Jack

While anglers may use the word “jack” for young northern pike and king salmon, most often it refers to several members of top marine predators.
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Where and When?

All the true marine “jack” species are top fish predators - although some are quite small. Among the larger is the jack crevalle which can reach 1.24 meters (49 in.) and 32 kilograms (71lbs.) and it is a top target for many American extreme sport anglers. They are found in the Atlantic Ocean including the Mediterranean and Caribbean Sea and are mostly a species of shallow and coastal waters. Summer is the best time for this species and they are mostly optical daylight feeders. Almaco jack or longfin yellowtail, one of the other best known “jacks”, has a wider distribution around the world and they are found from close inshore to well offshore. Almaco jack is one of the largest Carangids, attaining 1.6 meters (63 in.) and 60 kilograms (132 lbs.). Sport fishing for jacks is carried out around Australia, South Africa and parts of both seaboards of North America. While juvenile fish can be found fairly close inshore, the larger fish are usually offshore and sometimes at great depths.

About Jack

he jacks belong to the Carangidae family. They have a circumglobal distribution in tropical and temperate oceans and it contains some of the best known and sought after game fish worldwide. With such a wide distribution, the same species might have a number of local names, which can be confusing. The Carangidae are a diverse family with several dozen species but the larger and more popular angling ones, are often called “Jacks” in American waters, “trevalleys” around Australia and “kingfishes” near Africa. In other areas each of these names is often loosely used for a variety of carangid species. All these fish are fierce and energetic predators and are highly prized by sport anglers. The largest Carangid, Caranx ignobilis, is called the Giant Trevally or GT, in Australia, the giant kingfish around Africa and is largely replaced by Caranx hippos, the jack crevalle, in much of the Atlantic Ocean. Another well-known and important carangid is Seriola rivoliana which is known as the almaco jack in the Atlantic Ocean but elsewhere is often called the longfin yellowtail.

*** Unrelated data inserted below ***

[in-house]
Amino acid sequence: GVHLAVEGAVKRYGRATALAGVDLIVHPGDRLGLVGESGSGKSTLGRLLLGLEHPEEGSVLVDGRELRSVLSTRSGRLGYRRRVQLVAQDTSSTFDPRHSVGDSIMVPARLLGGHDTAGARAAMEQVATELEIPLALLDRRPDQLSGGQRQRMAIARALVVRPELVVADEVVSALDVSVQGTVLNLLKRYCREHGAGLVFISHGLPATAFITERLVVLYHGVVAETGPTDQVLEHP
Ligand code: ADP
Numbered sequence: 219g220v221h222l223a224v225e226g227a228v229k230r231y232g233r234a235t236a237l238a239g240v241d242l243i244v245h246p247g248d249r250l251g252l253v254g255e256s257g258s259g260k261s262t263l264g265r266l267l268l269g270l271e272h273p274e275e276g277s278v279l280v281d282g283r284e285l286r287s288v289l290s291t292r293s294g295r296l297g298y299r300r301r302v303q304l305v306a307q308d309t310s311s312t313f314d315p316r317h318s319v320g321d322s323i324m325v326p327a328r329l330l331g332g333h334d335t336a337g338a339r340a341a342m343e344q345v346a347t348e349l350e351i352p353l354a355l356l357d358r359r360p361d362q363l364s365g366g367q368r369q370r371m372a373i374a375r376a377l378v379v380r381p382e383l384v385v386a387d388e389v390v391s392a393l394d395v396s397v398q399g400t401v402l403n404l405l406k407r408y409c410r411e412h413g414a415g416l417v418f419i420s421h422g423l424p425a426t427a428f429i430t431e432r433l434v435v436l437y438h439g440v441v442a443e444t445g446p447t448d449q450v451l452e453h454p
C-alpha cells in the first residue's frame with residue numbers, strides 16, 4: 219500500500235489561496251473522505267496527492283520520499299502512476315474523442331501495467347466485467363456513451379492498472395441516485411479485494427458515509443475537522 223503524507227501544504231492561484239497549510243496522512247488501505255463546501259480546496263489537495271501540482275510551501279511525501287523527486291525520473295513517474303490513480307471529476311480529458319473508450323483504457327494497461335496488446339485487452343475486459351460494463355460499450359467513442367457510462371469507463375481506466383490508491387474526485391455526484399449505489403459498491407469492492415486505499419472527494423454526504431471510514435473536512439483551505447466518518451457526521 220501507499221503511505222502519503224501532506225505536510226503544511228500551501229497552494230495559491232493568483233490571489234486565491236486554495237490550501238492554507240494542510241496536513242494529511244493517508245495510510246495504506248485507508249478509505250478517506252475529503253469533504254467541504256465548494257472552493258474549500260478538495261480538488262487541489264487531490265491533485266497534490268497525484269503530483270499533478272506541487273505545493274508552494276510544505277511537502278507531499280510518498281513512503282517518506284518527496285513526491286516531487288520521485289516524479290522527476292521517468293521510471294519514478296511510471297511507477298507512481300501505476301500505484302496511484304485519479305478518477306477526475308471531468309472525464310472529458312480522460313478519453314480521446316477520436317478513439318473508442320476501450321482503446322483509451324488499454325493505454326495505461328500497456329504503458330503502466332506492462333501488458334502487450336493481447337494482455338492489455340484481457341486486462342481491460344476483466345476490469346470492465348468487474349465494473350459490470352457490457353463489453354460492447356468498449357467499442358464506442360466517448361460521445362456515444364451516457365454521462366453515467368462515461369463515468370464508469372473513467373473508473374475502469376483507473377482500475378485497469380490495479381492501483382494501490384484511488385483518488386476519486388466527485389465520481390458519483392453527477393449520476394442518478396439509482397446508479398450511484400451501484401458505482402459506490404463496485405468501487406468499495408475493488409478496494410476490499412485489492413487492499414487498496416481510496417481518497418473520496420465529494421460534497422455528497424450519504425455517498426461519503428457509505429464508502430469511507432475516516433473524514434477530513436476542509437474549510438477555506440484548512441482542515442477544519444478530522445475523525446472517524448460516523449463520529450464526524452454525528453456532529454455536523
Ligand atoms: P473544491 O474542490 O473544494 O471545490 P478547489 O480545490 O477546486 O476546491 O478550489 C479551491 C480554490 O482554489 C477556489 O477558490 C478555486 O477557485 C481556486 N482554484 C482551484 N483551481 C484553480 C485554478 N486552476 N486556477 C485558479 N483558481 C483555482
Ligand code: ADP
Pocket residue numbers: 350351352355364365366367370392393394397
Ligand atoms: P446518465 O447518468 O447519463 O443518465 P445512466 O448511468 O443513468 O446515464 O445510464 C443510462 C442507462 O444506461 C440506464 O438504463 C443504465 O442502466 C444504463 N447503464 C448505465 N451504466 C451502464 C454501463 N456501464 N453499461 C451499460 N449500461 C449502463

How to Catch?

Although the various jacks differ in size, shape, distribution and habits, all are predators, mostly on fish, and they will take a wide variety of lures and bait. Local guides and fishing tackle shops are very useful in advising the best equipment to use for the local species. They can also assist with information on the best times, places and methods. Inshore species may usually be caught on artificial lures, including fly, natural baits and live bait. Jack crevalle can give excellent fights on light to medium tackle while heavy tackle is essential to land large specimens. Offshore species like almaco jack are usually caught from boats and, if large specimens are targeted, then specialised equipment for getting down deep and holding fish is essential. As usual, local knowledge is critically important to maximise the rewards and excitement and minimise the chances of losing the fish of a lifetime.